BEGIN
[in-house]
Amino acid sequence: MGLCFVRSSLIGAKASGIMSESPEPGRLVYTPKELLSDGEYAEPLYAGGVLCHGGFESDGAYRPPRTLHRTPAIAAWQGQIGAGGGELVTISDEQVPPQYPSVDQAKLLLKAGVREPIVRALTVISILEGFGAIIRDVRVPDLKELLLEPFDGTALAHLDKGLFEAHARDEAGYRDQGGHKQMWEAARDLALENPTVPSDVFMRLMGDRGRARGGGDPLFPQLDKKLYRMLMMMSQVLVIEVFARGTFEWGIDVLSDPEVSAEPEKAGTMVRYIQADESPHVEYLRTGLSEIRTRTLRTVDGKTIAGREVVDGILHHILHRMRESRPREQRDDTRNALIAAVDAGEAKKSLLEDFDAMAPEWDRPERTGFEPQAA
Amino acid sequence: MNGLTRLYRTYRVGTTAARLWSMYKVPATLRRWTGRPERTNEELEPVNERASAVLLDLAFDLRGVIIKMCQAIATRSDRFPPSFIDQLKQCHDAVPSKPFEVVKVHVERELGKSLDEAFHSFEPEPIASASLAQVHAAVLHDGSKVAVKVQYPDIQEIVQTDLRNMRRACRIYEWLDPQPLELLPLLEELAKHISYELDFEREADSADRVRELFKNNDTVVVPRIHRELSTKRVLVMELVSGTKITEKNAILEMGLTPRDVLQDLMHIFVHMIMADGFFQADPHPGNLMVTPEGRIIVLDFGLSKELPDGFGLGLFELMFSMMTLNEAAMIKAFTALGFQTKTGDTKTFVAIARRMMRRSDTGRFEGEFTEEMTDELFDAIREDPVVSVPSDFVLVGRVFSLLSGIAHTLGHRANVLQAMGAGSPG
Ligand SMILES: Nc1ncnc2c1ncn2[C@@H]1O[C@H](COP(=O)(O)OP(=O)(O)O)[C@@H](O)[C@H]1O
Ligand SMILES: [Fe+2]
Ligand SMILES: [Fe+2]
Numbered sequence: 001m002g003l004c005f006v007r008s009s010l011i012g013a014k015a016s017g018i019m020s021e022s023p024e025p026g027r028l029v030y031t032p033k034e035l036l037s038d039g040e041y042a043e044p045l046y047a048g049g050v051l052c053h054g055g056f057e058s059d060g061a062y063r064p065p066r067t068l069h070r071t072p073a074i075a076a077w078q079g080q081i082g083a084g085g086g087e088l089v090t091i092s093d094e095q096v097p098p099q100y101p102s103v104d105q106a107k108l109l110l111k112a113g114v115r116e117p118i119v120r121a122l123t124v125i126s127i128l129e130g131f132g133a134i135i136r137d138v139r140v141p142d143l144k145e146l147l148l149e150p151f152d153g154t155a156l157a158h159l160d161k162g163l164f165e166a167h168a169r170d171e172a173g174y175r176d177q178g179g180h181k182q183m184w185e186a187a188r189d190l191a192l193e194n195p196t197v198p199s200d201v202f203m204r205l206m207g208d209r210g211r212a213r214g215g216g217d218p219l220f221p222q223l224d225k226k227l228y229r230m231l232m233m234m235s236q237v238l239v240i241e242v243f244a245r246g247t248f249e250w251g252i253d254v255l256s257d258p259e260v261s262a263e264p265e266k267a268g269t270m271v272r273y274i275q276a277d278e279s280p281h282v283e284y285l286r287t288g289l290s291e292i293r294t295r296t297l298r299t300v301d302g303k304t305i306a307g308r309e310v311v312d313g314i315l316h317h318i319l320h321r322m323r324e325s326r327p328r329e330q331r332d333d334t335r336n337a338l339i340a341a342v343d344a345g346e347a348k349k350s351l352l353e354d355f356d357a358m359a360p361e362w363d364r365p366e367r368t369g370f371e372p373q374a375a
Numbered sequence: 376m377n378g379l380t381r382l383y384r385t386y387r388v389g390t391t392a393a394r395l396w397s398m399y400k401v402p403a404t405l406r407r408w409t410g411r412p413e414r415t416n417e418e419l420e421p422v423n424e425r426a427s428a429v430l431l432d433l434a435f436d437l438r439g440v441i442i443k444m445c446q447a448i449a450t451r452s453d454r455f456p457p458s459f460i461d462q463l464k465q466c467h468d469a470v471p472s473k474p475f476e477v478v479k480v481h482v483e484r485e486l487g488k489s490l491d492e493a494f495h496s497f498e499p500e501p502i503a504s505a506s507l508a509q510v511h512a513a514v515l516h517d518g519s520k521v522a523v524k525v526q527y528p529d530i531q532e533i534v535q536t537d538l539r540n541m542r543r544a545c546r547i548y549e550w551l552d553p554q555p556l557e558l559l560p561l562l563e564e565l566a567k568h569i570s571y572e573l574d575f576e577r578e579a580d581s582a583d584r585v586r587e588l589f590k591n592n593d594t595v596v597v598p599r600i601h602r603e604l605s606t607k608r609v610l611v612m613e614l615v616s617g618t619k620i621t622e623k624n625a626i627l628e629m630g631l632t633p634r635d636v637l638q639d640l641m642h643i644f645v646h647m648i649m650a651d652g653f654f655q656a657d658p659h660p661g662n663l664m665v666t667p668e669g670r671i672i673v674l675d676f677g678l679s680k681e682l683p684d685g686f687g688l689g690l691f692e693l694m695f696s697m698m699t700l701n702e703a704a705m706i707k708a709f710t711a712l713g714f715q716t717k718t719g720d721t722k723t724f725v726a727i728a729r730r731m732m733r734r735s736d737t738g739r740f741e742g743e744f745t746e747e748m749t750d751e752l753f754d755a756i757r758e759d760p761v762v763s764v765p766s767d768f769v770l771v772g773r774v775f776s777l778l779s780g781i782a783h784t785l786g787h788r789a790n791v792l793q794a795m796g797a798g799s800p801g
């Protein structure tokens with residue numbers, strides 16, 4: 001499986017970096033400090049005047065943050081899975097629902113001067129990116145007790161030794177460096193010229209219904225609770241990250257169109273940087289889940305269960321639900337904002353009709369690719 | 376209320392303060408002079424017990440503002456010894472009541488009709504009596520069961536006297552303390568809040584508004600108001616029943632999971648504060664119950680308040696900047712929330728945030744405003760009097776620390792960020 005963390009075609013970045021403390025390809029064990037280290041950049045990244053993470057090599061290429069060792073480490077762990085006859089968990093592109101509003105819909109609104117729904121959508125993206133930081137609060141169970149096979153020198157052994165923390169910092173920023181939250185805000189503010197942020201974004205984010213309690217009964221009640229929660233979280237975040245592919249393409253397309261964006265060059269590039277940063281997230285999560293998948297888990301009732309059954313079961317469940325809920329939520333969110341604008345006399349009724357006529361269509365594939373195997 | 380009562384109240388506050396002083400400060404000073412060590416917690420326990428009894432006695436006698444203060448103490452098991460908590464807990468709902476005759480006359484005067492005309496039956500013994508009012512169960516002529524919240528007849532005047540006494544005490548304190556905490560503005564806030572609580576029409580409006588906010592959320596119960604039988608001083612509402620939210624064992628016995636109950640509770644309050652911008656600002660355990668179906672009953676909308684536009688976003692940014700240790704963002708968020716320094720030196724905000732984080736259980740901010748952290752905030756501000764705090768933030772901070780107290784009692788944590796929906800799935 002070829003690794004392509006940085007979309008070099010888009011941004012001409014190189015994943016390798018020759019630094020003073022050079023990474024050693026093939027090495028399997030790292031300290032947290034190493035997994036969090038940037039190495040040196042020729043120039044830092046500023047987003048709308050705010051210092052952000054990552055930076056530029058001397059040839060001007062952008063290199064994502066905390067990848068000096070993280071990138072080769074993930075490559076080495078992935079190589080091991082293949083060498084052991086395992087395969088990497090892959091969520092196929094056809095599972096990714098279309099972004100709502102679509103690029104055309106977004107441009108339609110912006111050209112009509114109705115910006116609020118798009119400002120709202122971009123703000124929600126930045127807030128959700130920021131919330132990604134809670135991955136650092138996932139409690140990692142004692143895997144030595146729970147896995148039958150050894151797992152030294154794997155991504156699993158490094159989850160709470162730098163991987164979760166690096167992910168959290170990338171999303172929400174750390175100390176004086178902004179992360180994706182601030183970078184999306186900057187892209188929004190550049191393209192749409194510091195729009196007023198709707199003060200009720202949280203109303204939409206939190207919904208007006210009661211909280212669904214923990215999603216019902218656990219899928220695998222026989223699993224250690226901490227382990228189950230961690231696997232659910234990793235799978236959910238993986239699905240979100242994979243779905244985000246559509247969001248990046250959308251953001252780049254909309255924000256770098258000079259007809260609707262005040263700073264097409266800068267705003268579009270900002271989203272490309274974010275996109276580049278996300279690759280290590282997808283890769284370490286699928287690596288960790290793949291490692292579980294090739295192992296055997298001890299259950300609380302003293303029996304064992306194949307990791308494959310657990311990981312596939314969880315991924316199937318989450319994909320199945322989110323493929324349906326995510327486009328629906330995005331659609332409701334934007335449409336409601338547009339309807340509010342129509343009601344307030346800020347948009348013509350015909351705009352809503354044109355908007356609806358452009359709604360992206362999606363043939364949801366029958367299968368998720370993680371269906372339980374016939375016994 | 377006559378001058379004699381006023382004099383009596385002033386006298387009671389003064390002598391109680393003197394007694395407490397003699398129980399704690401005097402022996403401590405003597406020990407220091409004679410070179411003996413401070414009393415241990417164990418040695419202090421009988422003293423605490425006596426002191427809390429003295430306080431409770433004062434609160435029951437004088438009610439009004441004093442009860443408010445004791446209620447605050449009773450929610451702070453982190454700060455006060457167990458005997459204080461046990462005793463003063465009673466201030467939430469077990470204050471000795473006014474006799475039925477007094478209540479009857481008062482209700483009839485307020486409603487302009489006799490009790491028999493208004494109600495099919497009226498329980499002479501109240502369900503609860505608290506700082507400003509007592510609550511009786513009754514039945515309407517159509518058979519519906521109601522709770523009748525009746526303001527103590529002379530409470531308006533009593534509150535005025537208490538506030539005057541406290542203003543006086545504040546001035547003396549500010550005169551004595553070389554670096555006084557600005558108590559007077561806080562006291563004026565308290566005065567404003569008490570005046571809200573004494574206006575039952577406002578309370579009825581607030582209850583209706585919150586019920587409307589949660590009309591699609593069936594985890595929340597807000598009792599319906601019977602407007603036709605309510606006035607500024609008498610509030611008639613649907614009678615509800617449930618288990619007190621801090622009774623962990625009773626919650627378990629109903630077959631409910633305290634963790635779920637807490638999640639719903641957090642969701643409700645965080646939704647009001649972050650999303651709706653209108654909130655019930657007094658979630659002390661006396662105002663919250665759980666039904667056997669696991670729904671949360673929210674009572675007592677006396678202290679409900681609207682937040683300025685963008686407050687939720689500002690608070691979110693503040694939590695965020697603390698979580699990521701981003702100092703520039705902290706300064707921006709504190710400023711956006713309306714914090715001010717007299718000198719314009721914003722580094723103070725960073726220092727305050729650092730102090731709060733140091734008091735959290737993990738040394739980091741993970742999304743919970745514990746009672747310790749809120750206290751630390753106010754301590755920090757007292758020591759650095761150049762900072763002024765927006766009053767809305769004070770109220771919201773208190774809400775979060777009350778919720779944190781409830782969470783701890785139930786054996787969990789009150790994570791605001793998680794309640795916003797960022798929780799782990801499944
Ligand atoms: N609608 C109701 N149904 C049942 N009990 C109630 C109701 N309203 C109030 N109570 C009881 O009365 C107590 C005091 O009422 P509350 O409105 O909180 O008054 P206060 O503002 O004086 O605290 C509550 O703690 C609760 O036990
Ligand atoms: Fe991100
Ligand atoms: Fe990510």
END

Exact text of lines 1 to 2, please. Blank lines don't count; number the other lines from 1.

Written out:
[in-house]
Amino acid sequence: MGLCFVRSSLIGAKASGIMSESPEPGRLVYTPKELLSDGEYAEPLYAGGVLCHGGFESDGAYRPPRTLHRTPAIAAWQGQIGAGGGELVTISDEQVPPQYPSVDQAKLLLKAGVREPIVRALTVISILEGFGAIIRDVRVPDLKELLLEPFDGTALAHLDKGLFEAHARDEAGYRDQGGHKQMWEAARDLALENPTVPSDVFMRLMGDRGRARGGGDPLFPQLDKKLYRMLMMMSQVLVIEVFARGTFEWGIDVLSDPEVSAEPEKAGTMVRYIQADESPHVEYLRTGLSEIRTRTLRTVDGKTIAGREVVDGILHHILHRMRESRPREQRDDTRNALIAAVDAGEAKKSLLEDFDAMAPEWDRPERTGFEPQAA